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Gibbet Hill, Hindhead facts for kids

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Gibbet Hill
Celtic cross on Gibbet Hill.JPG
The Celtic Cross
Highest point
Elevation 272 m (892 ft)
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Parent range Greensand Ridge

Gibbet Hill, at Hindhead, Surrey, is the apex of the scarp surrounding the Devil's Punch Bowl, not far from the A3 London to Portsmouth road in England.


Gibbet Hill stands 272 metres (892 ft) above sea level. It is the second highest hill in Surrey. Leith Hill stands 23 metres taller and Botley Hill stands 2.4 metres lower.

The summit of Gibbet Hill commands a panoramic view, especially to the north and east. The view to the north overlooks the Devil's Punchbowl, Thursley, Hankley Common, Crooksbury Hill, and the Hog's Back towards Godalming and Guildford. To the east lies the Sussex Weald. To the south, the hills of Haslemere and Blackdown can be seen, with some sections of the South Downs. On a clear day it is possible to see the skyline of London, some 40 miles (64 km) away and including buildings such as The Gherkin, Tower 42 and Wembley Stadium, as well as intermediate landmarks such as towers in Woking and Guildford Cathedral.

Weydown common lies to the south of Gibbet Hill. From 1909 or earlier until 1939 or later, a white horse was carved into the hillside at Combe Head, so that it could be seen from Gibbet Hill, although the figure is now covered by heath.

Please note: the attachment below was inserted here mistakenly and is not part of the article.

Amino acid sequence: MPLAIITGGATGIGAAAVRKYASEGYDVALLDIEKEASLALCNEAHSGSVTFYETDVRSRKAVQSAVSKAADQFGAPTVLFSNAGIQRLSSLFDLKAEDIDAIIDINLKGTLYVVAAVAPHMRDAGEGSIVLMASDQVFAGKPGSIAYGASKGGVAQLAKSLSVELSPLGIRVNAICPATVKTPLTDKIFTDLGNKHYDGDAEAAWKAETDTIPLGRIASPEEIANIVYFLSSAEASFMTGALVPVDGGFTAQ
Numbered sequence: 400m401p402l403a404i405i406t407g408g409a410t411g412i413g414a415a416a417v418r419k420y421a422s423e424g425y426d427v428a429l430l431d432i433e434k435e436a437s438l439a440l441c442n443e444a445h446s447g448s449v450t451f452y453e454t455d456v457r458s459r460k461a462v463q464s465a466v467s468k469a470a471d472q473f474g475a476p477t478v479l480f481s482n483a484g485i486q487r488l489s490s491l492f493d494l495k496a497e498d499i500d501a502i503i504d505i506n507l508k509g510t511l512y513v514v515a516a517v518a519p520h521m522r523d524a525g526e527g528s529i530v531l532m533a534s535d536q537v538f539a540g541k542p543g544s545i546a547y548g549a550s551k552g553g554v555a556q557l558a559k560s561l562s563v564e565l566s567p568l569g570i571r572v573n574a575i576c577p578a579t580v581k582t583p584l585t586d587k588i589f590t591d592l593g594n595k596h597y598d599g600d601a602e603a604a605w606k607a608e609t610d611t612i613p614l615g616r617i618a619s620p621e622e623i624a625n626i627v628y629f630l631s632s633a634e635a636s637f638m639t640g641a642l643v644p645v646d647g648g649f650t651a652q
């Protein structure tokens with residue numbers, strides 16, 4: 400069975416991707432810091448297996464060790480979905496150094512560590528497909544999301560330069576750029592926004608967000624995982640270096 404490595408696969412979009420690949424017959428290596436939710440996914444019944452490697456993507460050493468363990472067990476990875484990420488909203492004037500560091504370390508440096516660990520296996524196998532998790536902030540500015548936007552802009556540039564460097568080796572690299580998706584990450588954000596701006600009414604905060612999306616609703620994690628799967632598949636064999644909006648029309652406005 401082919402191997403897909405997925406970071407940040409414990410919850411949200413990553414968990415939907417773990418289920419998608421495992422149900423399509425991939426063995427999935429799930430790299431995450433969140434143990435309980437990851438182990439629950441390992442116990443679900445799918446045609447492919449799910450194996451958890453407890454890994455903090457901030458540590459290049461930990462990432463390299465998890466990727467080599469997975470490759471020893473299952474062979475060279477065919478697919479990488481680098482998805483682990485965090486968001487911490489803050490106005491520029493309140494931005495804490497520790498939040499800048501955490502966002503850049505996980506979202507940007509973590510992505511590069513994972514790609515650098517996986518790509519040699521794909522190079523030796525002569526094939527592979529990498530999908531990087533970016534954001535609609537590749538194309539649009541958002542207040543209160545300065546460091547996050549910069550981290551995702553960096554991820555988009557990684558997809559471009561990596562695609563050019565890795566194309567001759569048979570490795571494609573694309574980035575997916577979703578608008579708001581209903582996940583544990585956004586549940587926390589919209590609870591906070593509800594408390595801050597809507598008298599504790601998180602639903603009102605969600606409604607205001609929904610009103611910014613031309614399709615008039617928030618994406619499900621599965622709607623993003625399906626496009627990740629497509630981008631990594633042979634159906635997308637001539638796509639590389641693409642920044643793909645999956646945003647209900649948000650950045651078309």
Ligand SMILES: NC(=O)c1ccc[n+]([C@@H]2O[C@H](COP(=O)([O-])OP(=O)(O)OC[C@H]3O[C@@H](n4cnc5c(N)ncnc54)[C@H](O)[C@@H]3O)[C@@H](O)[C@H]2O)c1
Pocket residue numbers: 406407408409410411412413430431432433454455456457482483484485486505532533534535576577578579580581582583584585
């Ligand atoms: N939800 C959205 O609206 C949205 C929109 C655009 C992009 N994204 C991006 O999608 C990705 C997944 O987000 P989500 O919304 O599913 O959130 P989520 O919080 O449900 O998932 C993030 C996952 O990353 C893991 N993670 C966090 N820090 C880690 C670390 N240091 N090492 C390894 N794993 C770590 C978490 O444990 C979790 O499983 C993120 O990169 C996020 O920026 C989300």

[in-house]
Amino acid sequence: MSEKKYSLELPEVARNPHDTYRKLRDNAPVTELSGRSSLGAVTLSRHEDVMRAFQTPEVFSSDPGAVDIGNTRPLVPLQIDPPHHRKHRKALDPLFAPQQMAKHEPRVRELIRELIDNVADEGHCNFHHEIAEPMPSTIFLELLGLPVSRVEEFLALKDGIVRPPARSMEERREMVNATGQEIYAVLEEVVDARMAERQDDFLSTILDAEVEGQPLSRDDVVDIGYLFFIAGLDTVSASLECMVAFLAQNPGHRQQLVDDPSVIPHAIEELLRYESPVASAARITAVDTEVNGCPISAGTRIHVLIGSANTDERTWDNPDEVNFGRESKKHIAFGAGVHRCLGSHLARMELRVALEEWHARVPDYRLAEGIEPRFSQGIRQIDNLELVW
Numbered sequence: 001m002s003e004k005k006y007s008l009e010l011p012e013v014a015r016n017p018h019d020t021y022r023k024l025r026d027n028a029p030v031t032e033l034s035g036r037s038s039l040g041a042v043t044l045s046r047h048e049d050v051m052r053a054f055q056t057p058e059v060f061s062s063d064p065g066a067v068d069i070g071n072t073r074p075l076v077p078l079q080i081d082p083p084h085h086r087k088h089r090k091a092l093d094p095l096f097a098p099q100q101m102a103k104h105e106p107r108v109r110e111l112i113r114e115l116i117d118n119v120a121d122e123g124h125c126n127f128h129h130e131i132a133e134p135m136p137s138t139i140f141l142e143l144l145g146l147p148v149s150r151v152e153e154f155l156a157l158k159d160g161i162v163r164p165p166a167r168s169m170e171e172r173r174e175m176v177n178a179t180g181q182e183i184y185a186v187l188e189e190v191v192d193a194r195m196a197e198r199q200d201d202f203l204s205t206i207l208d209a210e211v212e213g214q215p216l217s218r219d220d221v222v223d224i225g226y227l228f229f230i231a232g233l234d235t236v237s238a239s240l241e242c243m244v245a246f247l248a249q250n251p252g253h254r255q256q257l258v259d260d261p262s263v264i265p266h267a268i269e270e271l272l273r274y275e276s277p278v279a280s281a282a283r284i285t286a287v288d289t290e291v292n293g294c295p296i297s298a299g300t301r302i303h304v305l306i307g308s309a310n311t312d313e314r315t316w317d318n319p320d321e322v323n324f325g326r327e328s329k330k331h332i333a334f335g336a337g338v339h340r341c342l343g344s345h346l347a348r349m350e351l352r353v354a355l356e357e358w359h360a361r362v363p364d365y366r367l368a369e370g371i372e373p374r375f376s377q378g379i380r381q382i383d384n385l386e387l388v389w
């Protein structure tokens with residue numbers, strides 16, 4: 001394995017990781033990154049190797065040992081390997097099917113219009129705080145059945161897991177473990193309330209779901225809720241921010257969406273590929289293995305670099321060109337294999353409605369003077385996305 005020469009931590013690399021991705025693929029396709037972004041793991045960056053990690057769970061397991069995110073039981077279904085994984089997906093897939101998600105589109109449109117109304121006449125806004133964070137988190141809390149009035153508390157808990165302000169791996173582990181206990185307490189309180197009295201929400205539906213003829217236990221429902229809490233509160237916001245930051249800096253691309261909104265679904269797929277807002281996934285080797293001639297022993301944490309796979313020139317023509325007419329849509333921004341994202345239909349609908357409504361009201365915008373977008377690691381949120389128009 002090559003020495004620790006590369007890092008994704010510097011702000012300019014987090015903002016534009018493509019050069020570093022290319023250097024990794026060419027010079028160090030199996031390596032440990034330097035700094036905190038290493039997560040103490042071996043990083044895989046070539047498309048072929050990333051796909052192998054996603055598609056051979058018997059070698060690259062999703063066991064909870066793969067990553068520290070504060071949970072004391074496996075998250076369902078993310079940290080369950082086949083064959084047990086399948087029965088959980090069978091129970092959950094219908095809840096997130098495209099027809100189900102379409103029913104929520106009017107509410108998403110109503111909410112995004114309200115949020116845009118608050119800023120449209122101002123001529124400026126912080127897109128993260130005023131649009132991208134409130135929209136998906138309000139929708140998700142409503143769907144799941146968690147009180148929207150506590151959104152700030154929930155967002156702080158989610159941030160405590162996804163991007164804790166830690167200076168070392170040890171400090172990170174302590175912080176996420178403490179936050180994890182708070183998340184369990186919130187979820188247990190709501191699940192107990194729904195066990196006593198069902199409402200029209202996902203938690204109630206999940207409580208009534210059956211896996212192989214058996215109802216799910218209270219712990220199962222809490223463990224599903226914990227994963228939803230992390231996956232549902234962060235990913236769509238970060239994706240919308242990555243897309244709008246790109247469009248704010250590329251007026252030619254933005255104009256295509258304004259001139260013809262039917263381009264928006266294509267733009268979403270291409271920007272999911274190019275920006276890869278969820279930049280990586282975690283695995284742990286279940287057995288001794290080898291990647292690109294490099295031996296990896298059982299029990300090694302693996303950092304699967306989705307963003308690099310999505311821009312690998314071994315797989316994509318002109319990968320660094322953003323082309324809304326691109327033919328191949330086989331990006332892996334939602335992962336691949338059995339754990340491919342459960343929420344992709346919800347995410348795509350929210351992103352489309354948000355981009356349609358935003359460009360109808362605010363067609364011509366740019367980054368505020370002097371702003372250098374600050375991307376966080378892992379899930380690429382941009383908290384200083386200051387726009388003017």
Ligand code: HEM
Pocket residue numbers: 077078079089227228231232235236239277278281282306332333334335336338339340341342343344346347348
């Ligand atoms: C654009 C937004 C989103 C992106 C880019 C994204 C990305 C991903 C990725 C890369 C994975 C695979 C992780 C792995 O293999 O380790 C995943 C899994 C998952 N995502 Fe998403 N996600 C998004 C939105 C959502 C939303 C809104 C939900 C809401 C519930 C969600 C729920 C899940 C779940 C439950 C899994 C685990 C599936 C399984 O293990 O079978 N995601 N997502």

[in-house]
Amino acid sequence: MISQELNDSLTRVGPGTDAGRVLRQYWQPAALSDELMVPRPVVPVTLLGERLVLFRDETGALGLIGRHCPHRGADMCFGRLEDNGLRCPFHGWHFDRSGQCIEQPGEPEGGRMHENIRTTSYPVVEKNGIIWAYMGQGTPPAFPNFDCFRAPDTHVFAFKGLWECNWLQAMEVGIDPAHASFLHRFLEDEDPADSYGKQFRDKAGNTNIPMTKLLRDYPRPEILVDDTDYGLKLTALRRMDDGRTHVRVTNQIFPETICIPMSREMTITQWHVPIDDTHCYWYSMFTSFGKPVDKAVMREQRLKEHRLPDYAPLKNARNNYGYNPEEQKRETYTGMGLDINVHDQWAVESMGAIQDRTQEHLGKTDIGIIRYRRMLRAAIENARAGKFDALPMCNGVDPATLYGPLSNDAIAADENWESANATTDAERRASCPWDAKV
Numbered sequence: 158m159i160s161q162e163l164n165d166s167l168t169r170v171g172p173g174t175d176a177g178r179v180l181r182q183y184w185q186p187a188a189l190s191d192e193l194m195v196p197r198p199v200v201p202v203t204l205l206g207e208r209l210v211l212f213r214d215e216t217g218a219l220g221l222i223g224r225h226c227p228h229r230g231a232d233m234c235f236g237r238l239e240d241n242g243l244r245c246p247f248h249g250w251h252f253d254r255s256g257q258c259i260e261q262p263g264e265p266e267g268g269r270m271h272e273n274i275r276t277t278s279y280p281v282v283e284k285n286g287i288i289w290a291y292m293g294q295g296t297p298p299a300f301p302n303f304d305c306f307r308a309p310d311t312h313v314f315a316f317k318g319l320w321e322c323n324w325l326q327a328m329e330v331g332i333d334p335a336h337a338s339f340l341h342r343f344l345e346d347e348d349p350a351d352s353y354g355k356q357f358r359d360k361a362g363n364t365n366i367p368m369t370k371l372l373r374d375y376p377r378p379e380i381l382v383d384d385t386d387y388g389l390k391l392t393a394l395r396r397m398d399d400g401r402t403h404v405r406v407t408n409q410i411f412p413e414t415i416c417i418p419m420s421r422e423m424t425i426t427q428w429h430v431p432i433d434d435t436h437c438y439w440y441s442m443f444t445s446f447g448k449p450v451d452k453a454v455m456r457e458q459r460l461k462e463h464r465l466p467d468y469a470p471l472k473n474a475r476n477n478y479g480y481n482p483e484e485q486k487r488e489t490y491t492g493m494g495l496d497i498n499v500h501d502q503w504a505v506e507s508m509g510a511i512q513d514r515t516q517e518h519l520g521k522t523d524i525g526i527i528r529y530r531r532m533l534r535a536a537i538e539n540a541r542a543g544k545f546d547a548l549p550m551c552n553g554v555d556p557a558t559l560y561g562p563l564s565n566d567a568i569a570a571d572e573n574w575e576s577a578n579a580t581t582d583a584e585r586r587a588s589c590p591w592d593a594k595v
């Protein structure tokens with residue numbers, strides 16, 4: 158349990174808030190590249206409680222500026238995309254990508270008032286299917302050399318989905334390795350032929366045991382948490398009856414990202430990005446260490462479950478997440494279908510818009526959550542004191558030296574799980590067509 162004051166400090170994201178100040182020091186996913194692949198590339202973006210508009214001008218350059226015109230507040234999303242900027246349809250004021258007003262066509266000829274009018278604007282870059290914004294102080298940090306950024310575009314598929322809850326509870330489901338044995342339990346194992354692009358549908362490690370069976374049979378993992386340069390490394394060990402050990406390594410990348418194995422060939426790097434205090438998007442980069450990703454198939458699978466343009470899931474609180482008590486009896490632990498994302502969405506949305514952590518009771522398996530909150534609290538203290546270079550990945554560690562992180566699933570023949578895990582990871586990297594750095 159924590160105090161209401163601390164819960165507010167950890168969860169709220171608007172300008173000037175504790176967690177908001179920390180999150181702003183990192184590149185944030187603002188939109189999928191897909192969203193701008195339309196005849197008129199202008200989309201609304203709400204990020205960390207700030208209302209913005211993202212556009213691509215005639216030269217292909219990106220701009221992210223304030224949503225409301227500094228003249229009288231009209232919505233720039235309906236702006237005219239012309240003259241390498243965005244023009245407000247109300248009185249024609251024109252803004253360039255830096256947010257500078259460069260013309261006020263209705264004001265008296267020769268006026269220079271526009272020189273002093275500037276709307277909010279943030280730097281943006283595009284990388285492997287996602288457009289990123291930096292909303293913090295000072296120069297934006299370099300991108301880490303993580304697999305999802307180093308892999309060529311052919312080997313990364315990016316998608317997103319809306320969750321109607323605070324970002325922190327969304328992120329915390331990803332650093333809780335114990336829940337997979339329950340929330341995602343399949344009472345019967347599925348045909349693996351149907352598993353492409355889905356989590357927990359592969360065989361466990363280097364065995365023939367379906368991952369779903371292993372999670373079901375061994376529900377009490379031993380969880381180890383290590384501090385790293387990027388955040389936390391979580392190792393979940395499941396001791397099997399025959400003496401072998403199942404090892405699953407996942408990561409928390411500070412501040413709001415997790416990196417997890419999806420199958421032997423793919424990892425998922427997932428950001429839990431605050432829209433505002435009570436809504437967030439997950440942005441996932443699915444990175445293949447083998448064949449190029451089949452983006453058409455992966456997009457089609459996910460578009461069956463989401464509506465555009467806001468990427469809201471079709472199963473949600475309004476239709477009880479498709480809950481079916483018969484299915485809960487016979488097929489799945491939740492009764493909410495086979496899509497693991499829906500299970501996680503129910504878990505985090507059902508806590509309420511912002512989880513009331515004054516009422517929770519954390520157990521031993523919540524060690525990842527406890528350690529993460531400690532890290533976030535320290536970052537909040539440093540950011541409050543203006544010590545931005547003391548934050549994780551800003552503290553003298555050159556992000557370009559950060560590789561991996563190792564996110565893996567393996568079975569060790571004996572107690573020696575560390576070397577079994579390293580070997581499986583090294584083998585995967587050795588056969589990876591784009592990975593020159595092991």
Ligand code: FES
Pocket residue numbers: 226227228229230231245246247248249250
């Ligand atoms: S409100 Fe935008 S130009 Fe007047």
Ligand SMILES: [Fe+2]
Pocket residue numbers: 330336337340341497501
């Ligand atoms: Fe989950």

Turner Hindhead hill
Hind-head Hill c1808 by JMW Turner

The area was one of disrepute due to the activities of highwaymen and robbers. The Celtic cross is reported either to have been erected by the judge Sir William Erle, or an unmarked memorial erected after his death.

The general area is one of heathland and gorse, and was originally an area of the broomsquire, who would harvest the heather, broom, and birch branches to make brooms. As such, it was often thought to be a pagan or heathen area.

Sailor Stone, Gibbet Hill, Hindhead
Stone erected in memory of the murdered sailor with Devil's Punchbowl beyond

Gibbet Hill and the nearby area were mentioned by Dickens in his 1839 novel Nicholas Nickleby, in the scene where Nickleby was walking from London to Portsmouth.

Dickens was referring to the murder on 24 September 1786 of an Unknown Sailor who was met by three men in the Red Lion at Thursley as he was travelling to his ship in Portsmouth. He bought them drinks and they then followed him and murdered him in the Devil's Punch Bowl. They were quickly apprehended at the Sun Inn in Rake, tried and executed, and their bodies hung on Gibbet Hill. The unknown sailor was buried in Thursley churchyard, and a memorial stone was erected on Gibbet Hill near the scene of the crime.

The area is also the setting for Sabine Baring-Gould's 1896 novel The Broom-squire, of which the sailor's (supposed) child is a central character. In 2000, Peter Moorey suggested that the sailor was an Edward Hardman.

USAAF Curtiss-Wright C-46 Commando crash

On 6 May 1945, a Curtiss-Wright C-46 Commando (44-77839) of the United States Army Air Forces was flying over Gibbet Hill in bad weather, when the aircraft struck a radar tower and crashed; all 30 passengers and crew died along with one person on the ground.

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